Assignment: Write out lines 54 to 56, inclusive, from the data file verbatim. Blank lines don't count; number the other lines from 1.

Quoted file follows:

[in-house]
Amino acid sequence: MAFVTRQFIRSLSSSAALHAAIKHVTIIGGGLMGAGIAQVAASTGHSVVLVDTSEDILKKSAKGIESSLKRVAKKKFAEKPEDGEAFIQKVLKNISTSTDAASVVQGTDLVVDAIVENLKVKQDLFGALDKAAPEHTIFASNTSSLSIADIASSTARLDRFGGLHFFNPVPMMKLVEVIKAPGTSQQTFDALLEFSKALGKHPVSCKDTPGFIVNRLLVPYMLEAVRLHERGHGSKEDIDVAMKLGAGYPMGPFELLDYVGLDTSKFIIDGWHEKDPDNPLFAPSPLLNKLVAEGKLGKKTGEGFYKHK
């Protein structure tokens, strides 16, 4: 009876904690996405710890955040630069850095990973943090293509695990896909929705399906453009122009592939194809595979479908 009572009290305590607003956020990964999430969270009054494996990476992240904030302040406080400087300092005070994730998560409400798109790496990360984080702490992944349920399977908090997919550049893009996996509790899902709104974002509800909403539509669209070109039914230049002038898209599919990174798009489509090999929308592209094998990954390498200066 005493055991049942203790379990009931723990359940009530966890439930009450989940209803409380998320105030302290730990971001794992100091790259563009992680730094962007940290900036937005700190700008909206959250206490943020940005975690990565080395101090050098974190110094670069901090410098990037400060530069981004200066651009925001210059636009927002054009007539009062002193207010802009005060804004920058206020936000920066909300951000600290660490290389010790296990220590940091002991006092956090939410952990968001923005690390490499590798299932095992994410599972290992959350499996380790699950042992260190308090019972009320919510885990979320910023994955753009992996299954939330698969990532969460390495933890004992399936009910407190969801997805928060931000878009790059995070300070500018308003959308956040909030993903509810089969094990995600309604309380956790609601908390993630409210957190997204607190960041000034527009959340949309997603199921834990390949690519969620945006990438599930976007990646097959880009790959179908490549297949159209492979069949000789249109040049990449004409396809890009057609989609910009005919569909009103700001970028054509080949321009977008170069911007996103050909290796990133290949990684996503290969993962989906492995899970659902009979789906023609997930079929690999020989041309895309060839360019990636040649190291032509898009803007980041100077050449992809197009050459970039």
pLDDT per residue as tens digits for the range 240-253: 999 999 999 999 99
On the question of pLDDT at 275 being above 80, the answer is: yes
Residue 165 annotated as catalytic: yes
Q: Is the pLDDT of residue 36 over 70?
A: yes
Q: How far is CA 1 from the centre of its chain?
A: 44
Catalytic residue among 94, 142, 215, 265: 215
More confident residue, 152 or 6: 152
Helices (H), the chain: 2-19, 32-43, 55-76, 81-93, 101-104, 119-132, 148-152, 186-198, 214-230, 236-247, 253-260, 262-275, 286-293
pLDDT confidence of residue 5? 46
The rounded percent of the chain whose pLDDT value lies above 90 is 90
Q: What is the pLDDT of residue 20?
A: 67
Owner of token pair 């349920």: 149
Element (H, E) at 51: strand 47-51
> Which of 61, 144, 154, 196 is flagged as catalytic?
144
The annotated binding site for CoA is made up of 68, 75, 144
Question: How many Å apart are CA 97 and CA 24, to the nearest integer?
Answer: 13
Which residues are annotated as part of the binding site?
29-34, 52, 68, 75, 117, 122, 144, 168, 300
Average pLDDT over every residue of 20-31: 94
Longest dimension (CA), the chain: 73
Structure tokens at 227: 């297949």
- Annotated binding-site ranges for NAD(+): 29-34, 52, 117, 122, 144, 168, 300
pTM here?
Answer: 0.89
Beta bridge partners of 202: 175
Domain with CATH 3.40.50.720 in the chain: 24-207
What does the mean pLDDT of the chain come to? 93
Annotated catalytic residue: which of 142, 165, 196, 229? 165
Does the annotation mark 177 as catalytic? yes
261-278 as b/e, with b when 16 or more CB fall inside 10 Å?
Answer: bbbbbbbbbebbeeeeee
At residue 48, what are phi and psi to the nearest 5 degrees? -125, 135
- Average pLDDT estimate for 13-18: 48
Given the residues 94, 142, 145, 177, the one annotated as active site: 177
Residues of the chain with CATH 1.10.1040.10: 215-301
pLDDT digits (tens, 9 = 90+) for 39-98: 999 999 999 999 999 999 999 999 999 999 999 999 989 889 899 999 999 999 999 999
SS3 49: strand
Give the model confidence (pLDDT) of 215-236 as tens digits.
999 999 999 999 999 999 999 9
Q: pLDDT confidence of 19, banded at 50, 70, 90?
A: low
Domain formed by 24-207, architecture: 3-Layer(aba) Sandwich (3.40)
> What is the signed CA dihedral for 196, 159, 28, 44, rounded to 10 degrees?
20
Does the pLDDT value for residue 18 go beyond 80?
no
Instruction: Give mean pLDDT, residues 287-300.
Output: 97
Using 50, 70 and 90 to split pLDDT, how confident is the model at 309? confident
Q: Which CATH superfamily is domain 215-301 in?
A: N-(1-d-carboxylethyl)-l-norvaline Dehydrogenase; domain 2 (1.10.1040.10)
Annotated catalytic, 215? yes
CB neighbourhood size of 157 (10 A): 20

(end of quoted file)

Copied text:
no
Instruction: Give mean pLDDT, residues 287-300.
Output: 97